NBCSL President Gilda Cobb-Hunter: “Candidates who want to earn the votes of communities impacted by environmental justice should step up, hear our concerns and explain their plans for a cleaner, healthier future for all. This forum provides a rare opportunity for the candidates to show us where they stand on clean water, clean air and so many of the important issues that people living on the front lines of environmental degradation face.”
The National Black Caucus of State Legislators (NBCSL) along with some two dozen national and local organizations announced the 2019 Presidential Forum on Environmental Justice: “Moving Vulnerable Communities from Surviving to Thriving,” which will be held on November 8th from 6 pm to 9 pm EST, in the historic Martin Luther King Jr. Auditorium of South Carolina State University.
All Democratic candidates and Republican primary challengers are invited to this unprecedented nonpartisan event on environmental justice.
Senator Elizabeth Warren (D-MA), Senator Cory Booker (D-NJ) and entrepreneur Tom Steyer confirmed their attendance. Additional candidates will be announced as they confirm. For an up-to-date list of participants log on to www.ejpresforum.org.
The forum gives candidates an opportunity to share their policies and visions for the country through an environmental justice lens, and moreover, connect and learn from voters of color whose issues are frequently overlooked. The forum will center the voices of marginalized communities to learn how presidential hopefuls intend to manage climate change, environmental pollution and public health risks that disproportionately affect communities of color.
“Candidates who want to earn the votes of communities impacted by environmental justice should step up, hear our concerns and explain their plans for a cleaner, healthier future for all,” said NBCSL President Gilda Cobb-Hunter. “This forum provides a rare opportunity for the candidates to show us where they stand on clean water, clean air and so many of the important issues that people living on the front lines of environmental degradation face. We call on every candidate to commit to attending this important forum.”
Moderated by representatives of the sponsoring organizations, the forum will have candidates appear on stage one by one to answer questions derived from the Joint Climate Platform which is open to students and representatives of communities from around the country.
Questions for candidates can be submitted at www.ejpresforum.org.
Over 100,000 people – a disproportionate number of whom are Black and Latinx – die prematurely from air pollution every year. Over 3,000 towns across the country have higher lead concentrations in water than Flint, Michigan, had at the height of its crisis. In fact, people of color face most of the impacts of the climate crisis, industrial pollution, and environmental degradation, yet their issues often go unreported and unaddressed.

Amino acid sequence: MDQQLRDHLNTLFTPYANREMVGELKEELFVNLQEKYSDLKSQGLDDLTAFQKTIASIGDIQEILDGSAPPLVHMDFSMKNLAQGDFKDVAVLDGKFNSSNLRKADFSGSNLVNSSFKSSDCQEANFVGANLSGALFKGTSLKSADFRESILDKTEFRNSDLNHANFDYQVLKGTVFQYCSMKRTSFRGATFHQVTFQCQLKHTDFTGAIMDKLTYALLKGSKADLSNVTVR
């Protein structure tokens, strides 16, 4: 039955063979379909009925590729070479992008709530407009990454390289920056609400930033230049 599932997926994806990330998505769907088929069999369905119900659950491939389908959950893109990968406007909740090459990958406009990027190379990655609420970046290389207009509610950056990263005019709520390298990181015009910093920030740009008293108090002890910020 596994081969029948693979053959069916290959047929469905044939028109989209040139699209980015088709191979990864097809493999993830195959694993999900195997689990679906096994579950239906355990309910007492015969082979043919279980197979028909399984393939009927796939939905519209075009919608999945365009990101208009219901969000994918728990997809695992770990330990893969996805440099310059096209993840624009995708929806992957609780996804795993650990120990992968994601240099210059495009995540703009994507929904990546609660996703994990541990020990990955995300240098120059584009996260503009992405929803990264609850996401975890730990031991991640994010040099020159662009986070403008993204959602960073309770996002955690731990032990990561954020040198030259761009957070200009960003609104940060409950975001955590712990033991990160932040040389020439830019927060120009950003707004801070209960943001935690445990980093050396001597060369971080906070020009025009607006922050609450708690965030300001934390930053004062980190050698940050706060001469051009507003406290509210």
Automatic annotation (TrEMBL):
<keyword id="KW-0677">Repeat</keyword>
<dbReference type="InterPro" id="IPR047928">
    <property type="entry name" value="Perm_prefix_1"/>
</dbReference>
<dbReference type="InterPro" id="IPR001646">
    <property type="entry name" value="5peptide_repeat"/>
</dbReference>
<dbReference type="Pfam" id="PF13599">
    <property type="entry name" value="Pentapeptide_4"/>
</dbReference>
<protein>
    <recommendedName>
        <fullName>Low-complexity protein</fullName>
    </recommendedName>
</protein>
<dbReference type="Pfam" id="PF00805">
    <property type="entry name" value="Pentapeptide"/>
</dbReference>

NBCSL, as a part of “creating systemic collaboratives to improve our communities’ future,” convened the Climate and Environmental Justice Policy Work Group to meet with the appropriate NBCSL Policy Committees. The January 2019 meeting in South Carolina included front line environmental justice organizations from across the country who planned to share their positions with members of Congress and the 2020 Presidential candidates.
The EJ workgroup was challenged to broaden its focus beyond the federal level to include state and local governments as additional options for action on the platform and policy. Accordingly, the Joint Climate Platform will be debated as a Policy Resolution by NBCSL Policy Committees in December at its Annual Legislative Conference in Ft. Lauderdale, Florida. Further, NBCSL volunteered to facilitate a venue to share the Joint Climate Platform with the Presidential candidates and the idea of a forum was born. This is the first of two Presidential Forums NBCSL will host. A second forum on gun violence and mental health will be held at the December ALC.
Primary sponsors are NBCSL, NAACP, National Wildlife Federation, National Children’s Campaign, and South Carolina State University. Local, state and national environmental justice and civil rights organizations have worked tirelessly on this issue and partnered with the sponsoring organizations on this event. Lead media partners include Grist, Democracy Now, and Gizmodo, with additional announcements to come.